Wilhelm Kempff

Posted by: Gomtorus

Wilhelm Kempff - 03/10/12 03:56 AM

What is your opinion of this pianist?
Posted by: Nikolas

Re: Wilhelm Kempff - 03/10/12 03:58 AM

I love his Beethoven Sonatas! I have all of them and I find them to be the best interpretations... Unless we're talking about a different Kempff here, in which case I just embarrassed myself... ha
Posted by: wr

Re: Wilhelm Kempff - 03/10/12 04:19 AM

Wonderful musician, who, lucky for us, happened to be a pianist.
Posted by: Andromaque

Re: Wilhelm Kempff - 03/10/12 04:23 AM

Did he do much chamber music?
Posted by: wr

Re: Wilhelm Kempff - 03/10/12 05:05 AM

Originally Posted By: Andromaque
Did he do much chamber music?


Lots of Beethoven collaborations.
Posted by: Gerard12

Re: Wilhelm Kempff - 03/10/12 11:15 AM

I have many of his recordings from the '60's and early 70's. I find his playing to be very unaffected, almost folksong-like at times, though his technique sometimes falters in the demanding pieces.

I've always heard from teachers and connoisseurs that his earlier recordings from the 40's and 50's are the ones to get. But they're not really available in the states, are they?
Posted by: zrtf90

Re: Wilhelm Kempff - 03/10/12 12:10 PM

I have the fifties cycle of the 32 on CD. He doesn't always have the depth of Brendel or Barenboim but the clarity is exquisite.
Posted by: Hank Drake

Re: Wilhelm Kempff - 03/10/12 12:18 PM

Kempff is my favorite Schubert pianist. I believe, at heart, he was a lyricist, which works well for this repertoire. While his Schubert has pathos when warranted, he never makes it sound like proto-Mahler.

I especially appreciate the structural cohesiveness of his Beethoven Sonatas (I have the stereo cycle). Kempff doesn't drag the slow movements like all too many pianists trying to sound profound. Kempff lets the music speak for itself, but you never forget it's him playing - mostly on account of his lovely tone. I must admit, however, the I find his renditions of the more "virtuosic" sonatas underwhelming.
Posted by: Ralph

Re: Wilhelm Kempff - 03/10/12 02:56 PM

I grew up listening to Kempff's Beethoven's piano sonatas he did for Deutsche Grammophon and the Time/Life collection. His sound has always been the stardard for me ever since. Too bad the recording quality of Artur Schnabel is so poor.
Posted by: ChopinAddict

Re: Wilhelm Kempff - 03/10/12 04:11 PM

I love him. smile
Posted by: Orange Soda King

Re: Wilhelm Kempff - 03/10/12 05:41 PM

He also has a pretty good take on Chopin 3rd sonata.

Posted by: moonfire628

Re: Wilhelm Kempff - 03/10/12 10:24 PM

Originally Posted By: Nikolas
I love his Beethoven Sonatas! I have all of them and I find them to be the best interpretations... Unless we're talking about a different Kempff here, in which case I just embarrassed myself... ha


I totally agree. I absolutely LOVE his interpretation of the "Moonlight" Sonata. Not to say his other ones aren't up to par, because, well, they are. I used to have a CD compilation with some of his performances, but I lost it in my move. I'm so upset, and I haven't been able to find it in the local music store.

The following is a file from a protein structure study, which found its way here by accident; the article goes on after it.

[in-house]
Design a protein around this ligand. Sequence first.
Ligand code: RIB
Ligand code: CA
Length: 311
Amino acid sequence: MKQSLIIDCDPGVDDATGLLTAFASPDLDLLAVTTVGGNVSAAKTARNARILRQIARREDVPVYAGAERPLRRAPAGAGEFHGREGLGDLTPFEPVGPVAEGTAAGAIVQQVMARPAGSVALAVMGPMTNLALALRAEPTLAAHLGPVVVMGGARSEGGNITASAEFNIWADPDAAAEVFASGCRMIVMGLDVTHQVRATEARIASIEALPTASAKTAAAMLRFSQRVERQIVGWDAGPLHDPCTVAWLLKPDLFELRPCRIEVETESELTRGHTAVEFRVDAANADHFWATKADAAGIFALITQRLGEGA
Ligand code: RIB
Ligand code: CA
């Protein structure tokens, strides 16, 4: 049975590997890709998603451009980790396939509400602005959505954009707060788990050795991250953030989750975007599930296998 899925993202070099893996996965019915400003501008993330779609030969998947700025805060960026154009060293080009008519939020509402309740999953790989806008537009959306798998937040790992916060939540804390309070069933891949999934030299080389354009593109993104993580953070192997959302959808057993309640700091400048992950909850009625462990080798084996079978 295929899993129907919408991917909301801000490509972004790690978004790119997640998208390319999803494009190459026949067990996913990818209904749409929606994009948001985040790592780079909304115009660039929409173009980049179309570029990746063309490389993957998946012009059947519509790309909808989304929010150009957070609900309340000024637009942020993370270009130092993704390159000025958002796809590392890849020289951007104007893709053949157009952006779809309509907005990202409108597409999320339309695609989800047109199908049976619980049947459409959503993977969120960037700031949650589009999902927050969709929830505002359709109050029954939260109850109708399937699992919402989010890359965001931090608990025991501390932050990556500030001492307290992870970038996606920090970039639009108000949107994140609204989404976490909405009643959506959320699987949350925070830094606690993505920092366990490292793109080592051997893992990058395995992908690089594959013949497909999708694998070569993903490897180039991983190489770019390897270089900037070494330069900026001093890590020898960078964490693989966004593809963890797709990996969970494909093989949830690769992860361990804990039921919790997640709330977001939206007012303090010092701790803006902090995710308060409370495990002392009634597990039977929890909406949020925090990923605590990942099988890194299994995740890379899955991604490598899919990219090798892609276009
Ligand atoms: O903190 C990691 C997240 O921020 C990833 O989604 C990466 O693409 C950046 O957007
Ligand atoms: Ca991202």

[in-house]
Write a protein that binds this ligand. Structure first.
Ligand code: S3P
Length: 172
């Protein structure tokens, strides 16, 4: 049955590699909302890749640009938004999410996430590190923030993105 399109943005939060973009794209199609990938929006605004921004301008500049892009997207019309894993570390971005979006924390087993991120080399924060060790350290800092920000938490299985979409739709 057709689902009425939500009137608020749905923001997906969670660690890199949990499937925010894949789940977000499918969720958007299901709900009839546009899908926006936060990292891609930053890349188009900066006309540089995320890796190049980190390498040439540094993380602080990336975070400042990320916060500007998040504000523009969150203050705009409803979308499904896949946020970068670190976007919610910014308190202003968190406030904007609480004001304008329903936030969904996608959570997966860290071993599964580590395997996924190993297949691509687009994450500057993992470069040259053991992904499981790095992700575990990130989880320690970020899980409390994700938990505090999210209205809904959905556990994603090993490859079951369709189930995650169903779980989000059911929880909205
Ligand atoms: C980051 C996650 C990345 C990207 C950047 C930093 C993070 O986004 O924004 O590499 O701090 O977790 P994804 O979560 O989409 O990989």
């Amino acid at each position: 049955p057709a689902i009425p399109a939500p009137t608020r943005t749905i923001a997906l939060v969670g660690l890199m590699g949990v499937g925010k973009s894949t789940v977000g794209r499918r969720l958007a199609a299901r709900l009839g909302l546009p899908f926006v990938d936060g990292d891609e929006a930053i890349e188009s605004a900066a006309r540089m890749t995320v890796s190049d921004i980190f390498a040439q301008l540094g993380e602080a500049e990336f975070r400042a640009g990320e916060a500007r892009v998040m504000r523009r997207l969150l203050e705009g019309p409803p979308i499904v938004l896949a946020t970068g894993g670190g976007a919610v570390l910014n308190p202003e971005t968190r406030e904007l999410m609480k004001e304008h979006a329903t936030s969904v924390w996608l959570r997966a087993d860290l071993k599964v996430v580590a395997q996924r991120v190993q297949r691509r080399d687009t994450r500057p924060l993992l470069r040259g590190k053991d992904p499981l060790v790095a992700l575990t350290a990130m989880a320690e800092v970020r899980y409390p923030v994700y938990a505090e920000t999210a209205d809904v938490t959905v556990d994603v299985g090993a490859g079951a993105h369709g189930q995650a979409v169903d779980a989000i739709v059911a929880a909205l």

Posted by: moonfire628

Re: Wilhelm Kempff - 03/10/12 10:29 PM

http://www.youtube.com/watch?v=ly1iTD0zB1Y&feature=related

I love his interpretation of the 2nd movement of Sonata no.8; I could listen to this piece all day. (Sorry, I don't know how to post the actual video....)
Posted by: Gomtorus

Re: Wilhelm Kempff - 03/11/12 04:51 AM

Originally Posted By: Hank Drake
I believe, at heart, he was a lyricist, which works well for this repertoire.


Pardon my ignorance, but what does it mean to say that a pianist is a "lyricist"?
Posted by: stores

Re: Wilhelm Kempff - 03/11/12 09:59 AM

Originally Posted By: Gomtorus
Originally Posted By: Hank Drake
I believe, at heart, he was a lyricist, which works well for this repertoire.


Pardon my ignorance, but what does it mean to say that a pianist is a "lyricist"?


What does it mean to you? Think about it.
Posted by: Chopinlover49

Re: Wilhelm Kempff - 03/11/12 09:51 PM

Kempff had a real feeling for the Viennese composers like Beethoven and Schubert. His Schubert Sonata D. 960 is to die for.
Posted by: Entheo

Re: Wilhelm Kempff - 03/11/12 10:48 PM

his performances are not about him.
Posted by: Hank Drake

Re: Wilhelm Kempff - 03/12/12 10:20 AM

Kempff also wrote fine cadenzas for Beethoven's Piano Concertos 1 - 4. They must have been published because Andre Watts used Kempff's cadenza for Concerto No. 2.
Posted by: jmcintyre

Re: Wilhelm Kempff - 03/12/12 10:42 PM

I particularly like this performance of the second movement of Op. 31 No. 2.

http://www.youtube.com/watch?v=mIsqFjiA7ao
Posted by: bennevis

Re: Wilhelm Kempff - 03/13/12 08:01 AM

I admire him as a musician, but as a pianist, his playing in the more technically demanding music (like those of Chopin and Liszt, and the Hammerklavier and Appassionata, the big Schubert Sonatas) is just too relaxed, the rhythms not taut enough, the dynamics too evened out, for my taste.
Posted by: asthecrowflies

Re: Wilhelm Kempff - 03/13/12 12:40 PM

Originally Posted By: Hank Drake
Kempff is my favorite Schubert pianist. I believe, at heart, he was a lyricist, which works well for this repertoire. While his Schubert has pathos when warranted, he never makes it sound like proto-Mahler.


I agree that Kempff is the consummate Schubert pianist - I prefer him to Brendel any day. He's got the right balance between tranquility and disturbed freneticism.

I'm also in the camp that finds his Beethoven "boring". I much prefer Ashkenazy's cycle.